the parents and Malinasky are through phone calls using a translator or English Learners Advisory Committee (ELAC) meetings. When Malinasky contacts parents about behavioral or attendance issues, the parents support school policies and values. The parents enforce the value of respect for the teachers and the educational opportunity that Mt. Diablo High School provides because they want their children to learn English and succeed in their academic careers. The parents of the students in Malinasky's ELD classes exemplify the view that America is the land of opportunity, and they view education as relevant and an important investment (Diaz-Rico, 2008). This view toward the educational opportunity in America is conducive to a consistent and successful educational environment for students at school and at home.
Parents may also be part of ELAC. ELAC is responsible for assisting school development assessments,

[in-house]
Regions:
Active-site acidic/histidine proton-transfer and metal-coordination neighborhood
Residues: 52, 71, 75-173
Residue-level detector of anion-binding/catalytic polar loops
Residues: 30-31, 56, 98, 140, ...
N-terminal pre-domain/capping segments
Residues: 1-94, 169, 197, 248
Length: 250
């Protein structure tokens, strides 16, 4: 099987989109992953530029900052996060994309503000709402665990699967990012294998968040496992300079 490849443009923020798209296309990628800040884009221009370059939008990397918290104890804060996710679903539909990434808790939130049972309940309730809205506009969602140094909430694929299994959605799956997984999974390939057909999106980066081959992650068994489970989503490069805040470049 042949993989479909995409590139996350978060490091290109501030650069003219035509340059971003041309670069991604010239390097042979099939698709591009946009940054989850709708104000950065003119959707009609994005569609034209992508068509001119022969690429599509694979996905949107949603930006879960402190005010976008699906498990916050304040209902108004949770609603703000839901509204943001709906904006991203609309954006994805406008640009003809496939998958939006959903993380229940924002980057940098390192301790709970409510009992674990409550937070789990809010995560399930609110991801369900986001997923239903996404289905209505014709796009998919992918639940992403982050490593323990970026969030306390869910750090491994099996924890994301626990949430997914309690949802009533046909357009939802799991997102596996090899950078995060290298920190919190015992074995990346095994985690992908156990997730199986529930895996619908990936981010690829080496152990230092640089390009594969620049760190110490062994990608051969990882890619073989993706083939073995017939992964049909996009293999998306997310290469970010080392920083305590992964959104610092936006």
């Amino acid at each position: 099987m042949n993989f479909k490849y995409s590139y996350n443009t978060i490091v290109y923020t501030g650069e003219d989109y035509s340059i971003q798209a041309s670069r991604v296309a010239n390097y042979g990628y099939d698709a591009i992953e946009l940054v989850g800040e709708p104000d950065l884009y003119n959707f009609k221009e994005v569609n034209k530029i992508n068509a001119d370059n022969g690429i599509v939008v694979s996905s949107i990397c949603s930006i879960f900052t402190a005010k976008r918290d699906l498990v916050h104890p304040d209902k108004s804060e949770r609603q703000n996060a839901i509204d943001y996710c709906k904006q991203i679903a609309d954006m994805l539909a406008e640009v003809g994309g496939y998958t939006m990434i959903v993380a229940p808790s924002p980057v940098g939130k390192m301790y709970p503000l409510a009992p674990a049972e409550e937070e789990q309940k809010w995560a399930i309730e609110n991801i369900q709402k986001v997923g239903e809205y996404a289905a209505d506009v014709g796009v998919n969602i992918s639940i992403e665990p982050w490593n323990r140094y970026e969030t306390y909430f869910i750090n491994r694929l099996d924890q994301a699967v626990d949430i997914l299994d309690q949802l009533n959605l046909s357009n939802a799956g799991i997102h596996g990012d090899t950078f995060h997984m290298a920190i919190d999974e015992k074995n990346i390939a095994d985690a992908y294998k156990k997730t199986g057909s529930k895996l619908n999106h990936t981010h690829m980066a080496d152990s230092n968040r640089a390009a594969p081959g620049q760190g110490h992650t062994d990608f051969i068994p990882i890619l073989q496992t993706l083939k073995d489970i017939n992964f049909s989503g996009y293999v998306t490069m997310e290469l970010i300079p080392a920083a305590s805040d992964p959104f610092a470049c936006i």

annual language census, for advising the School Site Council on the development of the Single Plan for Student Achievement, and advising principle and staff on programs and services for English learners (California Department of Education, n.d.). To support their children's educational opportunities, they may participate in committee elections, learn about the programs available to their children, the expectations of ELD programs, and the importance of regular attendance (California Department of Education, n.d.). ELAC also provides financial aid to members of the committee for them to attend regularly and continue participation in the ELD programs and developments. This group provides adequate support and involvement in the school environment to ensure they comprehend and become a part of the ELL learning environment. This committee creates consistency for students and creates common home and school expectations. Students' and parents' comprehension of expectations of the school system leads to students' success in language acquisition and content knowledge (Diaz-Rico, 2008). Cultural diversity is an essential component of differentiating instruction to help teach